On my way to eat lunch on the library balcony today, I picked up "Animals and their Moral Standing," by Stephen Clark. The cover had a black and white picture of a forlorn looking beagle puppy sitting on a pillar, like some unheard soul, or a neglected street child. Photographers can write essays with a single shot.
I didn't even make it through one chapter, but it got me thinking about change, about how the ocean tide of humanity shifts our thoughts wherever it goes. Some animals, for example, seem to be worthy of rights, and I speak not only of chimps or primates; in some countries the bovine are sanctified, in others, felines are worshipped. I live in southern California. We eat dead cows on bread, serve them up by the pound (or quarter pound with the waxy product of their mammaries and roots boiled in oil). Monkeys are a target of ridicule by some (not myself).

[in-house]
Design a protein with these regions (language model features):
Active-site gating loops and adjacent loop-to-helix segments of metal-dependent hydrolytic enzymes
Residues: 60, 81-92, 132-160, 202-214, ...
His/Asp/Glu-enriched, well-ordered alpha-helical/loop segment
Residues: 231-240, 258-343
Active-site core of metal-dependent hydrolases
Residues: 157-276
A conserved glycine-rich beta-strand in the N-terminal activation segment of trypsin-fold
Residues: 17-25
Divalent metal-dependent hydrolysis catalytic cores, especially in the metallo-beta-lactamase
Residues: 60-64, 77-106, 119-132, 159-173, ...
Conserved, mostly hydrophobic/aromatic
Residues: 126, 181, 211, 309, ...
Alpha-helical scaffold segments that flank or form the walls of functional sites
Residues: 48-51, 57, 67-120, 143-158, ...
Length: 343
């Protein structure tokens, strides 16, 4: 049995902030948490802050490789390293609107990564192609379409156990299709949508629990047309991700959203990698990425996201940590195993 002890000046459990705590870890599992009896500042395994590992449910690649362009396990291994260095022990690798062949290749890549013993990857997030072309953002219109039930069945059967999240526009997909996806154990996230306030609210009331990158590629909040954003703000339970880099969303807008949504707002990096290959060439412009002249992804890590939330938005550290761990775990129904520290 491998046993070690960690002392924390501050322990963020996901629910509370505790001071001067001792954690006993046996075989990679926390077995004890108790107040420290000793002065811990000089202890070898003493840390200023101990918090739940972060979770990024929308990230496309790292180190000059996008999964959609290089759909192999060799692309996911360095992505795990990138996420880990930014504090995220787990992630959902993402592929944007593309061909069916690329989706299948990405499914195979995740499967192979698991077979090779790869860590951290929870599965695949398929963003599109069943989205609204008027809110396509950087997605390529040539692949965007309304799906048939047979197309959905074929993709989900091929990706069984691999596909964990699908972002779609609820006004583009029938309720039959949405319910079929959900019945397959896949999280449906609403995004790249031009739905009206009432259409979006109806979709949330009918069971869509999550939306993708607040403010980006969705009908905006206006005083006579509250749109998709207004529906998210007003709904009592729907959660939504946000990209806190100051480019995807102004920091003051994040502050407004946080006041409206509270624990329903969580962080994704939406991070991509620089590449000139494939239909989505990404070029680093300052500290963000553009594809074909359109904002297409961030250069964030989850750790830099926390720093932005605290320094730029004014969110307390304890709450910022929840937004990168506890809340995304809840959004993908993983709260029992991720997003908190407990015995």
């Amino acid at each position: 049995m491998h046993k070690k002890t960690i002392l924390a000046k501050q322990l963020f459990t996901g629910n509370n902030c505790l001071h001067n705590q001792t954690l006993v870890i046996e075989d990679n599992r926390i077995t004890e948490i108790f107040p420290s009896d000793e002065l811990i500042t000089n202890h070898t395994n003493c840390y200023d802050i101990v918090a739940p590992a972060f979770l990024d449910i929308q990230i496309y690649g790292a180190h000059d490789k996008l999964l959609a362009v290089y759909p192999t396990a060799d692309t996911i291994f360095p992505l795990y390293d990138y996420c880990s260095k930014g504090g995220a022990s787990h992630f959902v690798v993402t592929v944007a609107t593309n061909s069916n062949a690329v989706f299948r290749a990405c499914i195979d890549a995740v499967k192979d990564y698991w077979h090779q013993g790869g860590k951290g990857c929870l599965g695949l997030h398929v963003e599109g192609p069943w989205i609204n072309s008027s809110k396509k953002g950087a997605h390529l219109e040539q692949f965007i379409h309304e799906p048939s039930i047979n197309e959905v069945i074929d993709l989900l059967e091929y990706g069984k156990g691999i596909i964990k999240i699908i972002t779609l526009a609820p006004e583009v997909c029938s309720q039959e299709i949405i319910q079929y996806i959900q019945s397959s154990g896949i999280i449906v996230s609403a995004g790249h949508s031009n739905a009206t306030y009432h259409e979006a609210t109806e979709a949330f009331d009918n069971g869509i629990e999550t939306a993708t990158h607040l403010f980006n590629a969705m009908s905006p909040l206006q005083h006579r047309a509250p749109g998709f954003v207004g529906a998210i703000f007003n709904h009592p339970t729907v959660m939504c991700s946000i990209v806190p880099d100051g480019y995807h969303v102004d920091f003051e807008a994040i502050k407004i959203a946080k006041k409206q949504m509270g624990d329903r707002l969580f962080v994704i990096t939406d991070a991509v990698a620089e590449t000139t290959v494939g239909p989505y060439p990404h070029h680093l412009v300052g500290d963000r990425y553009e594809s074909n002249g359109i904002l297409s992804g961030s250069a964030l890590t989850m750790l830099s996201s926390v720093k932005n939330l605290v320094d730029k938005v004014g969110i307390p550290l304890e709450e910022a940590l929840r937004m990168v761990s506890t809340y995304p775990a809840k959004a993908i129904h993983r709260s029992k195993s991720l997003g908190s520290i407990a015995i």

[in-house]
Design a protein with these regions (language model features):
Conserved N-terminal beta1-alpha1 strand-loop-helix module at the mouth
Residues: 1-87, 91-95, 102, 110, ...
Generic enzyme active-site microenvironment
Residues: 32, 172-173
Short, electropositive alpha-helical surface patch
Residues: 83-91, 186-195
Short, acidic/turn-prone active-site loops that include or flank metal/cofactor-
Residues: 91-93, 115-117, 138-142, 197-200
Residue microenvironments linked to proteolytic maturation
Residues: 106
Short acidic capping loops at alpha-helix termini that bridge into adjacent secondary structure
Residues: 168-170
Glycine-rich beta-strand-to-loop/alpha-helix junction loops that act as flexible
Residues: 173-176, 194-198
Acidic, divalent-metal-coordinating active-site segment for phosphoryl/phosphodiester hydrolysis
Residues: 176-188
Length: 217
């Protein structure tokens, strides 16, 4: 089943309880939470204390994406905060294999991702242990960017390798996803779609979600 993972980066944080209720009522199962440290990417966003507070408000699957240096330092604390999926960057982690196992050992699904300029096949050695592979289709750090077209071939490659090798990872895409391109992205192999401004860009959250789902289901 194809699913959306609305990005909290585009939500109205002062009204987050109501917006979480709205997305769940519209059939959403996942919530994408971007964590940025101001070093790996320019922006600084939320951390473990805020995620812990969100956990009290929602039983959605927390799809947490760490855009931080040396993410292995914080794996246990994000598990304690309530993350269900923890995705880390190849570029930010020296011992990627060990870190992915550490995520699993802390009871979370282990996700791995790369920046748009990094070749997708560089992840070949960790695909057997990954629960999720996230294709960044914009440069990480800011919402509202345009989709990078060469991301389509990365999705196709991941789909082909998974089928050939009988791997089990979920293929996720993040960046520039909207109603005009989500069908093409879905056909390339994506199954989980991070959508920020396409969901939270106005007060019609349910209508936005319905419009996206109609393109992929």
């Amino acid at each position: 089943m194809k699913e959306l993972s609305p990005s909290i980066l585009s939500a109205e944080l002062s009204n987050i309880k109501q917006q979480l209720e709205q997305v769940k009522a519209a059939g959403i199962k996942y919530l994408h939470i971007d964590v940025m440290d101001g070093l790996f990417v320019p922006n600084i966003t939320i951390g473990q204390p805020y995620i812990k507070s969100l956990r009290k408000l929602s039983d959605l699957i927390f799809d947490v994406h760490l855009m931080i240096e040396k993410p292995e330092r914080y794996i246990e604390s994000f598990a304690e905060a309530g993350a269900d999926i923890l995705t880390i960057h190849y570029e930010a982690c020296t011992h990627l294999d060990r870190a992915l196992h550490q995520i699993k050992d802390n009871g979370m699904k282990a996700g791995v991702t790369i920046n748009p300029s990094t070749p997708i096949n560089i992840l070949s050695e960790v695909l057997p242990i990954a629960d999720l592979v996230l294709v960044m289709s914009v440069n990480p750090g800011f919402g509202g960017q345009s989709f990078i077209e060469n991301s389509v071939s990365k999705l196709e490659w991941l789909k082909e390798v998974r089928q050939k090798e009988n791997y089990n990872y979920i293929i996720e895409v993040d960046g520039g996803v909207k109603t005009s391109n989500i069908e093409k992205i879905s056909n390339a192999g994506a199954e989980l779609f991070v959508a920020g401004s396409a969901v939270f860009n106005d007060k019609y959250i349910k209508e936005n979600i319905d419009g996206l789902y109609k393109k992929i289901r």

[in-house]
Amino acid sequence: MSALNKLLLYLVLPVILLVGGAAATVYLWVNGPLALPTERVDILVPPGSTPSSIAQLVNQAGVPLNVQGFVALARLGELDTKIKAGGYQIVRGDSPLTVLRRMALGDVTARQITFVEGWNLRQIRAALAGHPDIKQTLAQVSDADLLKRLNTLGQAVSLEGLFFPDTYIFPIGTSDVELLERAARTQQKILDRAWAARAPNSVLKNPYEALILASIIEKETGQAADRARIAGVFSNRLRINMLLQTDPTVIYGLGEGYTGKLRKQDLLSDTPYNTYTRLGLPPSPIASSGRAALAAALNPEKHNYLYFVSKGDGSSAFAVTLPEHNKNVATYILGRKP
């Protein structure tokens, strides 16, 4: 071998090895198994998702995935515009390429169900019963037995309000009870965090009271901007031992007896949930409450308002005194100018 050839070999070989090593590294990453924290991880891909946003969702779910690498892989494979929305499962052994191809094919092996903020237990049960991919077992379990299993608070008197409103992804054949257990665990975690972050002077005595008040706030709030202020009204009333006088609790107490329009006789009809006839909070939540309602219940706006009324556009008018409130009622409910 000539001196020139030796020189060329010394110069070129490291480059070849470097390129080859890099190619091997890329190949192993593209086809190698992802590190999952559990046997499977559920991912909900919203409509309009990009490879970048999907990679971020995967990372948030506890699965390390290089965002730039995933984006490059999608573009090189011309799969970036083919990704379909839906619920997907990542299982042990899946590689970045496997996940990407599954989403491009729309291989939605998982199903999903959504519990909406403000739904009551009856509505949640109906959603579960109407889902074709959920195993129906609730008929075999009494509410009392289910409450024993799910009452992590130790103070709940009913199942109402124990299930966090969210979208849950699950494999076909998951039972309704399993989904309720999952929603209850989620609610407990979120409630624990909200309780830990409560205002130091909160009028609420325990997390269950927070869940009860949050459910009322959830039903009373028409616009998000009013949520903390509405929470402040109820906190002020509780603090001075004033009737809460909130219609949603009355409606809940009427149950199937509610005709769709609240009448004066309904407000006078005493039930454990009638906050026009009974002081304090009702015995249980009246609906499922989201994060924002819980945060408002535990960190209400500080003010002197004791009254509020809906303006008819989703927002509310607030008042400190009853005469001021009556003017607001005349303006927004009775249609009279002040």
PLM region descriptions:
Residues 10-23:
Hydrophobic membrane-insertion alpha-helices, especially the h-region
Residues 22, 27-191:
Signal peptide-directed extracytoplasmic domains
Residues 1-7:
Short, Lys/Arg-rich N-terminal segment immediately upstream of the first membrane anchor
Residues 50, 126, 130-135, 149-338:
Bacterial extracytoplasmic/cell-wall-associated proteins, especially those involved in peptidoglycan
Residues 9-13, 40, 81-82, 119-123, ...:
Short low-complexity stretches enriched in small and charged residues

Supposedly, some of the theory in the book by Clark was based on Kantian philosophy, but it is apparently not something widespread in this generation as the forms or utopian ideals might be. The Road Runner and Wile E., Sylvester and Tweety, Garfield and Odie, Bugs and Daffy, Cats and Dogs; all these render the blended animal morality unimportant in the eyes of the entertained masses.
By the way, I personally hate Tweety and the beep beeping Road Runner.